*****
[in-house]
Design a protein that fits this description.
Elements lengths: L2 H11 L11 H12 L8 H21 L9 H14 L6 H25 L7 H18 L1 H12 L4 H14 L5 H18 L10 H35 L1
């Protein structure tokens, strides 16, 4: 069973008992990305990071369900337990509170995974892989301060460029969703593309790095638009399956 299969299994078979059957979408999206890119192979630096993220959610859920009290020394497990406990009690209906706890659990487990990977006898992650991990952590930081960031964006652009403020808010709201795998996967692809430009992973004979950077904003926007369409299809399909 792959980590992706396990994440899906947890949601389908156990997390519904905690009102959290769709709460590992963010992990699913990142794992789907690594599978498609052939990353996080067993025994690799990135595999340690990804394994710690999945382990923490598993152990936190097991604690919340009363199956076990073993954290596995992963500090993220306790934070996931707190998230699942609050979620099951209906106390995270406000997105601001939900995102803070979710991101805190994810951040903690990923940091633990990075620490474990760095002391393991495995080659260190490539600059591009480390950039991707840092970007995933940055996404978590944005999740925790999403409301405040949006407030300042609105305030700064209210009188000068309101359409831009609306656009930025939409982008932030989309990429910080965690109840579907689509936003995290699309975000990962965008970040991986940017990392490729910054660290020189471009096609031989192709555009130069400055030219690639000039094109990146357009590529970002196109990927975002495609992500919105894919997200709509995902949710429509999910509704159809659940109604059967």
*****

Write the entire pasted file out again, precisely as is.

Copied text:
[in-house]
Design a protein that fits this description.
Elements lengths: L2 H11 L11 H12 L8 H21 L9 H14 L6 H25 L7 H18 L1 H12 L4 H14 L5 H18 L10 H35 L1
């Protein structure tokens, strides 16, 4: 069973008992990305990071369900337990509170995974892989301060460029969703593309790095638009399956 299969299994078979059957979408999206890119192979630096993220959610859920009290020394497990406990009690209906706890659990487990990977006898992650991990952590930081960031964006652009403020808010709201795998996967692809430009992973004979950077904003926007369409299809399909 792959980590992706396990994440899906947890949601389908156990997390519904905690009102959290769709709460590992963010992990699913990142794992789907690594599978498609052939990353996080067993025994690799990135595999340690990804394994710690999945382990923490598993152990936190097991604690919340009363199956076990073993954290596995992963500090993220306790934070996931707190998230699942609050979620099951209906106390995270406000997105601001939900995102803070979710991101805190994810951040903690990923940091633990990075620490474990760095002391393991495995080659260190490539600059591009480390950039991707840092970007995933940055996404978590944005999740925790999403409301405040949006407030300042609105305030700064209210009188000068309101359409831009609306656009930025939409982008932030989309990429910080965690109840579907689509936003995290699309975000990962965008970040991986940017990392490729910054660290020189471009096609031989192709555009130069400055030219690639000039094109990146357009590529970002196109990927975002495609992500919105894919997200709509995902949710429509999910509704159809659940109604059967």